Young girls who do not receive an education are vulnerable to becoming child brides, and girls who are going to school but then marry are more likely to stop attending. In Lebanon, around 41% of Syrian refugee women that are registered with the UNHCR were married before the age of 18, for marriage is often times the only solution many desperate parents find to meliorate their own financial situation. There is sufficient evidence to show that acquiring an education delays marriage for girls, bringing with it a host of long-term benefits for them and their families.
The Convention on the Rights of the Child binds signatory states to provide accessible education to all children living in the country. Part of the process should involve ensuring children are receiving adequate non-formal education so that language barriers are not a reason they stop going to school.
Education is key to well-being
Keeping up with subjects not only boosts children’s self-esteem and make them feel accomplished, it also motivates them to continue to learn. It also makes parents more reluctant to pull their children out of school.
Furthermore, children who are receiving an education report higher levels of well-being. The children we speak to are very happy at the center – they feel integrated and part of a wider community, taught by their eight dedicated teachers whilst being surrounded by their friends.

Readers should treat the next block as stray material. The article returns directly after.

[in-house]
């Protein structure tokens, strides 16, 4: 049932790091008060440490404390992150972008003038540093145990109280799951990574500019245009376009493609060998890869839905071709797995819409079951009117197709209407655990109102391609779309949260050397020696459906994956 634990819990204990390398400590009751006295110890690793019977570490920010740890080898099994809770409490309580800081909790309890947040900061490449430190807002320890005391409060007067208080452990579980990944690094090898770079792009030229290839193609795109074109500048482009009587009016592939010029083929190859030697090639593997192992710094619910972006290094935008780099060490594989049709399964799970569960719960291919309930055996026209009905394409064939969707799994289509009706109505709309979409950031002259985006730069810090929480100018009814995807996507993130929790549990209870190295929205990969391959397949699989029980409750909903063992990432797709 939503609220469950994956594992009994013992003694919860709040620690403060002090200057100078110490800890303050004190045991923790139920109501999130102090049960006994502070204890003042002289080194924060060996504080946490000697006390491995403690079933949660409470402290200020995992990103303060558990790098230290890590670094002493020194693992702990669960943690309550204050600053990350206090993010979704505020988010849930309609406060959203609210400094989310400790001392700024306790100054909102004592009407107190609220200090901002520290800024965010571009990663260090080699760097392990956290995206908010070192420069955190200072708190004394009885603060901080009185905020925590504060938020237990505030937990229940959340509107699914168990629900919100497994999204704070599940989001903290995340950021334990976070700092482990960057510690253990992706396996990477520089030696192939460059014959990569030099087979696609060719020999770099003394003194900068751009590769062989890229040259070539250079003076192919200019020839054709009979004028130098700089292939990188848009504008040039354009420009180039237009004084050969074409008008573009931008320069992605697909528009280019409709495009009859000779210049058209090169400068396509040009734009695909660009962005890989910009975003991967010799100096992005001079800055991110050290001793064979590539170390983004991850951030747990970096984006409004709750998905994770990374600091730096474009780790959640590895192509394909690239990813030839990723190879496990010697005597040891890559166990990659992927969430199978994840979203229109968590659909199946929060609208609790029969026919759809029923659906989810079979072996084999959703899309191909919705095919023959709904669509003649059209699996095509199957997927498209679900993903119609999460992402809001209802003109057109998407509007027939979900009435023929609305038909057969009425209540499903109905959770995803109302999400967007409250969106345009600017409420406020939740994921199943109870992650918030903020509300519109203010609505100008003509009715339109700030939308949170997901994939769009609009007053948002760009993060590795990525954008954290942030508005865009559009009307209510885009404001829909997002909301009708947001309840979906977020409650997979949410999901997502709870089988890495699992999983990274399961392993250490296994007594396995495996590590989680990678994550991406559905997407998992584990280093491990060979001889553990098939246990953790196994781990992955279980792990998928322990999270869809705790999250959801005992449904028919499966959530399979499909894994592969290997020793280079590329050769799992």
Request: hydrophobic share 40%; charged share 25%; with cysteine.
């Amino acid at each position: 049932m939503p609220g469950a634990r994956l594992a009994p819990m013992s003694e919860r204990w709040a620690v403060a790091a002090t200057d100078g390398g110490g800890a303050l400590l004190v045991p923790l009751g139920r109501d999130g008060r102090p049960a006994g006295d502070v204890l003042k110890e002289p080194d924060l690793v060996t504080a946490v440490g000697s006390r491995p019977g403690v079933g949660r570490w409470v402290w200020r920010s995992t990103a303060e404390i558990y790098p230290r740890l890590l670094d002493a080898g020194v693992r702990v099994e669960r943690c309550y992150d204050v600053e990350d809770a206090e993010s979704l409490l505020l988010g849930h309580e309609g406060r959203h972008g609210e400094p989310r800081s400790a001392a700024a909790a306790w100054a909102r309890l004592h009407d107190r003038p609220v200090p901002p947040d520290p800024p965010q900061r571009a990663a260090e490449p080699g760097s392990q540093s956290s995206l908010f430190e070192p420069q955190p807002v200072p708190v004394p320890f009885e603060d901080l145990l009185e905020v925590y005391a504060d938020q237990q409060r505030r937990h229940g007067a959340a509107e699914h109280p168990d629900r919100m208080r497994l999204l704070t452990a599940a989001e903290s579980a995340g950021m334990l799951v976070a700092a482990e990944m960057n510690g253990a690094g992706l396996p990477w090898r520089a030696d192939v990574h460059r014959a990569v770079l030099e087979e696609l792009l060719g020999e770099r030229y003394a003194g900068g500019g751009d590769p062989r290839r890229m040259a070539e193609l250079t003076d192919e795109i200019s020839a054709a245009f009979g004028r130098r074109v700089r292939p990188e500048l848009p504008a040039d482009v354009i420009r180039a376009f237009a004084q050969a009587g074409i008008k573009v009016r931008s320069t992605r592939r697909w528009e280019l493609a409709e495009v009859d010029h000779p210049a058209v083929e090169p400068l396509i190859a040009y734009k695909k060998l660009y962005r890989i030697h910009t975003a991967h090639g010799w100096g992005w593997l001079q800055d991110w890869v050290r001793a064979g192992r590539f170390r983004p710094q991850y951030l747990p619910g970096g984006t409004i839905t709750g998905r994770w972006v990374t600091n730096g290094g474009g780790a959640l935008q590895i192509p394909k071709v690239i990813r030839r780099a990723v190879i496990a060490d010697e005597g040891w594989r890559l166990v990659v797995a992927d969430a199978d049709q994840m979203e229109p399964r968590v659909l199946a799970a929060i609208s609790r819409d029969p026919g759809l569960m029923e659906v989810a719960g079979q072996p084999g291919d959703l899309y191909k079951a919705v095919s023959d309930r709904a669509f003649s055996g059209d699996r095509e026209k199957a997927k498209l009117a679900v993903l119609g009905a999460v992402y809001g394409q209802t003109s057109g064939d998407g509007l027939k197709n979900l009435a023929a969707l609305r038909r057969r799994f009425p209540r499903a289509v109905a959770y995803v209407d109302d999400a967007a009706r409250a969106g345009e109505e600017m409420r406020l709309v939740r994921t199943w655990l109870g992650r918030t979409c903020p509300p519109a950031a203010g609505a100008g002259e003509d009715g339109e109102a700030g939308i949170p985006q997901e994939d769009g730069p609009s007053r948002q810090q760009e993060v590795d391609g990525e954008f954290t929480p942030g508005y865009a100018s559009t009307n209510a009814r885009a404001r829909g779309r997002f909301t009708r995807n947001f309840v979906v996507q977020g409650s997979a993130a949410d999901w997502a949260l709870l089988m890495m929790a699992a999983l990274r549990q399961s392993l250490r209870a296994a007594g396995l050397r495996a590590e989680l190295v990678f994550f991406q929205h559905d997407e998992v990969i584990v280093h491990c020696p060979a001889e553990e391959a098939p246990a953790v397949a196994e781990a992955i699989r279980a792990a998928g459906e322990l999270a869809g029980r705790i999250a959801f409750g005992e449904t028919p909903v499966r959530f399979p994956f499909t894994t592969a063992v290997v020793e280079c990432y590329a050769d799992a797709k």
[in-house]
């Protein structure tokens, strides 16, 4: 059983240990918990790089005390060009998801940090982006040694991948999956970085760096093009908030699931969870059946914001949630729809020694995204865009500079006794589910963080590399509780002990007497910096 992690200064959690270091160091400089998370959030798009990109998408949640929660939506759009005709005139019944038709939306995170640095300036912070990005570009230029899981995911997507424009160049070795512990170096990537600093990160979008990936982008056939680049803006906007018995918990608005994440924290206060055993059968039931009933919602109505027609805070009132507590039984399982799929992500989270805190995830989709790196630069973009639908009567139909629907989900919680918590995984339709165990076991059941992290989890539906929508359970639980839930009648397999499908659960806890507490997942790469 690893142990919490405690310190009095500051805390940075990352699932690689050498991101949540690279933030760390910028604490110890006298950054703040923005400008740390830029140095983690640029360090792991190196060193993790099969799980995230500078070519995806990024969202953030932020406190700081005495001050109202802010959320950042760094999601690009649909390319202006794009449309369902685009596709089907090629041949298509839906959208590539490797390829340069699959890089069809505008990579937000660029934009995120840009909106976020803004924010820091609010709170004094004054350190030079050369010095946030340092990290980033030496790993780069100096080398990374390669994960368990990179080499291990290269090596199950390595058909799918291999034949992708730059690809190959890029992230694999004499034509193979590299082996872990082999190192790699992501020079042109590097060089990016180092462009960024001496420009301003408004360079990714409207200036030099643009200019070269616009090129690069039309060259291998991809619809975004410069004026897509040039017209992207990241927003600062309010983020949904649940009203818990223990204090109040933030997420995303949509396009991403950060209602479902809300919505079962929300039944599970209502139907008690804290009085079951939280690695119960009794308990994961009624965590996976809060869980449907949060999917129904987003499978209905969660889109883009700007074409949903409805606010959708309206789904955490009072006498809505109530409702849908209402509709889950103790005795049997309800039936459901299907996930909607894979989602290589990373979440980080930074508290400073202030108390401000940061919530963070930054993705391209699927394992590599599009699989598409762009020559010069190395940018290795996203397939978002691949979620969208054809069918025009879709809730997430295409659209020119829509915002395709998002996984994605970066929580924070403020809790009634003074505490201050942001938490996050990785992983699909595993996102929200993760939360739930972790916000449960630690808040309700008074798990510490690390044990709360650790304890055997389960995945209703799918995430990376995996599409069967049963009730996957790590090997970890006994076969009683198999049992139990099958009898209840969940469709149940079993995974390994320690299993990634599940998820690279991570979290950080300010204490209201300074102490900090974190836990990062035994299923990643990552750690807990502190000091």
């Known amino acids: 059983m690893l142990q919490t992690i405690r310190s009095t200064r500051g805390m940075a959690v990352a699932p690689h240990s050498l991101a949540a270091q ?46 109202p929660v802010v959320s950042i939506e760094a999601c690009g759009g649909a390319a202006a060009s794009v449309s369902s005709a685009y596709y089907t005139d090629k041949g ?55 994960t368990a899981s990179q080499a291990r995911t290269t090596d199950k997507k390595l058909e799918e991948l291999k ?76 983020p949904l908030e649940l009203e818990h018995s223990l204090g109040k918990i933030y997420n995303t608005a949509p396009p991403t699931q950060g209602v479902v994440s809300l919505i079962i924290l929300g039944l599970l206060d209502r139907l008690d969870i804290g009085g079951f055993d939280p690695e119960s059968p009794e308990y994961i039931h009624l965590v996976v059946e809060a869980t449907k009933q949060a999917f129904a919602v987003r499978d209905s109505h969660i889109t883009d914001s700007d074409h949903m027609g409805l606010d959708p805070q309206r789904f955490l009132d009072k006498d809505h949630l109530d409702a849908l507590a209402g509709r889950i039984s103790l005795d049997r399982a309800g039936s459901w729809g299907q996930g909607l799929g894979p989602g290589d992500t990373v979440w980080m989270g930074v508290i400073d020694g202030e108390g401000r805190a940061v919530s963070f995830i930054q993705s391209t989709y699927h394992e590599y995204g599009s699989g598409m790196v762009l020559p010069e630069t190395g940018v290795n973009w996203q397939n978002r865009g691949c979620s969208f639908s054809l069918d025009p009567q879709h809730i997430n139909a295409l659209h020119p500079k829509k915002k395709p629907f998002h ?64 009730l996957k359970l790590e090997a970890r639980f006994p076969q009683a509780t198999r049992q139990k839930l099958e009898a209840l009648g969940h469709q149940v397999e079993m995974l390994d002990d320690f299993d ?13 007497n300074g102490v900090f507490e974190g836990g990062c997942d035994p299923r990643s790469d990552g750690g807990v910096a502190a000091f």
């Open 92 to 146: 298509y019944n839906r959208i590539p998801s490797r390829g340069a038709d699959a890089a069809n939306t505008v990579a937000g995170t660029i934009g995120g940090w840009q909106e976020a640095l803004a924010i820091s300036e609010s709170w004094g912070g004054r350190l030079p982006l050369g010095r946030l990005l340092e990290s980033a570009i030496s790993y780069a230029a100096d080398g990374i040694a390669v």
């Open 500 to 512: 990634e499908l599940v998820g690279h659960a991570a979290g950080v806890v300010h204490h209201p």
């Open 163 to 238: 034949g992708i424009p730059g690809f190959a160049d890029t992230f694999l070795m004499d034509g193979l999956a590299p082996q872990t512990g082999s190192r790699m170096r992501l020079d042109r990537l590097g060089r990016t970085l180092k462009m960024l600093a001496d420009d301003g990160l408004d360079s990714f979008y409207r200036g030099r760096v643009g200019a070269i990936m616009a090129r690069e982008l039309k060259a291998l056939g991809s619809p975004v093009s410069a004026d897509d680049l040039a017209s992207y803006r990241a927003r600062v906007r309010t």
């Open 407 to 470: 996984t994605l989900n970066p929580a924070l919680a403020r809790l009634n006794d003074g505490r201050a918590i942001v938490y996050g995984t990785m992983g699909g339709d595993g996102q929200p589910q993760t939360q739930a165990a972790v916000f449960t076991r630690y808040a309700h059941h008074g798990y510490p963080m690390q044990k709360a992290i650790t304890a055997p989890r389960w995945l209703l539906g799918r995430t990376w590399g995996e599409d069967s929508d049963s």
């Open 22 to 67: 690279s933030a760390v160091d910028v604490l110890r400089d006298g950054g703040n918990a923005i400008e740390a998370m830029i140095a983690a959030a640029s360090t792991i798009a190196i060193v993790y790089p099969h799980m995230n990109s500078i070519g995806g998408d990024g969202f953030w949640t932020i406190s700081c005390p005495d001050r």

“I want to be a dentist because I am fascinated by teeth!” says Mohamed H. (13) smiling. He has been coming to Amel’s Haret Hreik centre for one year and his favourite subject is biology. Read B. (11) has been attending lessons here three years and wants to become the Prime Minister one day. “I want to help my country” he adds.
In Grade 8-9 students are encouraged to tell their classmates, in English, what their goals are for 2019. Three students want to be footballers. A debate arises on whether FC Barcelona or Real Madrid is the better team, but Barcelona ultimately wins. Hala A. (16), who dreams of becoming a famous singer one day, sings Melhem Zein’s ‘Dalle D7ake’ for everyone. It is even better than the original. Though her ambitions lie in entertainment, her favourite subject is mathematics.
The Amel-run campaign was launched in Spring 2018 to sponsor a number of Syrian children at the Haret Hreik centre and help them continue their education. One donation of 300 euros per year, or 25 euros per month, allows one child to continue their non-formal education at the centre during a full academic year.
Under the slogan #NoLostGeneration the campaign is contributing to ensuring that the future of a whole generation of Syrian children is not lost to war. Unfortunately, donor fatigue is running high. Afternoon homework support and reinforcement lessons that used to be offered by other NGOs in Lebanon have come to a standstill. Ensemble! is one of the few campaigns remaining, becoming a critical actor in maintaining and increasing school enrollment rates amongst Syrian refugees.